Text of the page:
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Consumer prices in the U.S. saw the biggest monthly increase in thirteen years in the month of June, according to a report released by the Labor Department on Tuesday.

The Labor Department said its consumer price index jumped by 0.9 percent in June after climbing by 0.6 percent in May. Economists had expected consumer prices to rise by 0.5 percent.

The bigger than expected increase in consumer prices reflected the biggest advance since prices surged up by 1.0 percent in June of 2008.

Excluding food and energy prices, core consumer prices still jumped by 0.9 percent in June following a 0.7 percent increase in May. Core prices were expected to rise by 0.4 percent.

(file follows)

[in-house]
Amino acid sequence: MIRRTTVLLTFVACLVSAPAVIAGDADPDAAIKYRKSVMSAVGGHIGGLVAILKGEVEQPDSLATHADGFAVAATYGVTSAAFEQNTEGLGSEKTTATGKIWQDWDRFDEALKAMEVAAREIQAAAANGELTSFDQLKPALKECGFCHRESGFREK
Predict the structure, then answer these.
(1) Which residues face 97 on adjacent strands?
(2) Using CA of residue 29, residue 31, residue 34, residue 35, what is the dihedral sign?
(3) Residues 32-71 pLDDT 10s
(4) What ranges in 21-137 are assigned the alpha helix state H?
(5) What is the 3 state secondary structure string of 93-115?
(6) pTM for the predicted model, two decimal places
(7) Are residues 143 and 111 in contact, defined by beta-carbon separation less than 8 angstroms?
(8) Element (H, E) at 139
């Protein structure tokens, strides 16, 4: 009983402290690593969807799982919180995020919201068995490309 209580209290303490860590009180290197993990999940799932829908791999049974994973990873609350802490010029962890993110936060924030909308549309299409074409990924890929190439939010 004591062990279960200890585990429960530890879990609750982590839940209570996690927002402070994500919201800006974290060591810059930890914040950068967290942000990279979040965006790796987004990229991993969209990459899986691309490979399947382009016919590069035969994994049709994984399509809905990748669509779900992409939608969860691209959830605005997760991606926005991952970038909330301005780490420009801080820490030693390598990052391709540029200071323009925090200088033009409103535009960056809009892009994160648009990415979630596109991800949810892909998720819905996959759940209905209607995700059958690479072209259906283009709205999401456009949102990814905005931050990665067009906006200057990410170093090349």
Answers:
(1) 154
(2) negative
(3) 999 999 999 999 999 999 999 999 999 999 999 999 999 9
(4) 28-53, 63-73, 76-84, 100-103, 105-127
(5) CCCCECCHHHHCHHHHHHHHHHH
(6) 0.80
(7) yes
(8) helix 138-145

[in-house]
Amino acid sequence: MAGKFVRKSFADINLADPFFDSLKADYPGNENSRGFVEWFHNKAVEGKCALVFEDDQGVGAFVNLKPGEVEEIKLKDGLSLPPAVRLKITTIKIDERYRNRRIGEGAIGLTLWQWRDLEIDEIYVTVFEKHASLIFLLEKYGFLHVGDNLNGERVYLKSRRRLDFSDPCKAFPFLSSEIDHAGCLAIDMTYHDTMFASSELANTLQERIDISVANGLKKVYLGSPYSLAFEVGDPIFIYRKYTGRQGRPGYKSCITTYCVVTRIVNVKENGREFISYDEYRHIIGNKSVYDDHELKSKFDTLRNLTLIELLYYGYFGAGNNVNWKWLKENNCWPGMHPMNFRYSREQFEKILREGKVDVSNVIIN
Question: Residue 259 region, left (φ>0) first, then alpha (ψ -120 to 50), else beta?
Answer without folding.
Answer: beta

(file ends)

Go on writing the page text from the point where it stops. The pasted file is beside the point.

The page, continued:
The annual rate of consumer price growth accelerated to 5.4 percent in June from 5 percent in May, reaching the highest level since a matching spike in August of 2008.

Core consumer prices were up by 4.5 percent year-over-year in June, reflecting an acceleration from the 3.8 percent jump in May. Core prices saw the biggest annual increase since November of 1991.


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